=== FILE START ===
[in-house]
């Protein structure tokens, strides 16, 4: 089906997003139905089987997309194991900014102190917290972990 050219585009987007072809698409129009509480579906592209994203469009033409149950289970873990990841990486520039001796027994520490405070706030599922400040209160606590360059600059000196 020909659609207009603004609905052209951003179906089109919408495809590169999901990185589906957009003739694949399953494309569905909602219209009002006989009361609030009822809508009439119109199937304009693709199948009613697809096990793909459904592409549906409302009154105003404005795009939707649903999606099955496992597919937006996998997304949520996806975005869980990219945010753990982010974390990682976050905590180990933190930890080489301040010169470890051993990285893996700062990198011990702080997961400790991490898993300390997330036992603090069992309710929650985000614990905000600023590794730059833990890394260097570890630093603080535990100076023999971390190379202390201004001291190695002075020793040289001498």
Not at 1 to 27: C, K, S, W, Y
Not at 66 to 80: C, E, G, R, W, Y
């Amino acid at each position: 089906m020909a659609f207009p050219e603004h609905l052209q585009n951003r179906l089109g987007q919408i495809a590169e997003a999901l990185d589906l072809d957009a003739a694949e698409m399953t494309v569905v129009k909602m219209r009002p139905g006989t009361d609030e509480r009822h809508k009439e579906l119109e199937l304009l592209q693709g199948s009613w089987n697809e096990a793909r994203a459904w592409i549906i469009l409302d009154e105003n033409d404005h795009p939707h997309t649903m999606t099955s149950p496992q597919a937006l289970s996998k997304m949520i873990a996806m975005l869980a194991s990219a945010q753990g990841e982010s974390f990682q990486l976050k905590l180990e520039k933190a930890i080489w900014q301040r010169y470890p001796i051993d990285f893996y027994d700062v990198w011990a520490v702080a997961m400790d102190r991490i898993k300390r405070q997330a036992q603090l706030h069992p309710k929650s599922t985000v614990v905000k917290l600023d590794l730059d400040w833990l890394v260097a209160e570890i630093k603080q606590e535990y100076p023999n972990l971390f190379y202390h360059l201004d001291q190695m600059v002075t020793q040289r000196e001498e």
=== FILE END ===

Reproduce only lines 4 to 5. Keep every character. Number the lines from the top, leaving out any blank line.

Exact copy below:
Not at 66 to 80: C, E, G, R, W, Y
């Amino acid at each position: 089906m020909a659609f207009p050219e603004h609905l052209q585009n951003r179906l089109g987007q919408i495809a590169e997003a999901l990185d589906l072809d957009a003739a694949e698409m399953t494309v569905v129009k909602m219209r009002p139905g006989t009361d609030e509480r009822h809508k009439e579906l119109e199937l304009l592209q693709g199948s009613w089987n697809e096990a793909r994203a459904w592409i549906i469009l409302d009154e105003n033409d404005h795009p939707h997309t649903m999606t099955s149950p496992q597919a937006l289970s996998k997304m949520i873990a996806m975005l869980a194991s990219a945010q753990g990841e982010s974390f990682q990486l976050k905590l180990e520039k933190a930890i080489w900014q301040r010169y470890p001796i051993d990285f893996y027994d700062v990198w011990a520490v702080a997961m400790d102190r991490i898993k300390r405070q997330a036992q603090l706030h069992p309710k929650s599922t985000v614990v905000k917290l600023d590794l730059d400040w833990l890394v260097a209160e570890i630093k603080q606590e535990y100076p023999n972990l971390f190379y202390h360059l201004d001291q190695m600059v002075t020793q040289r000196e001498e």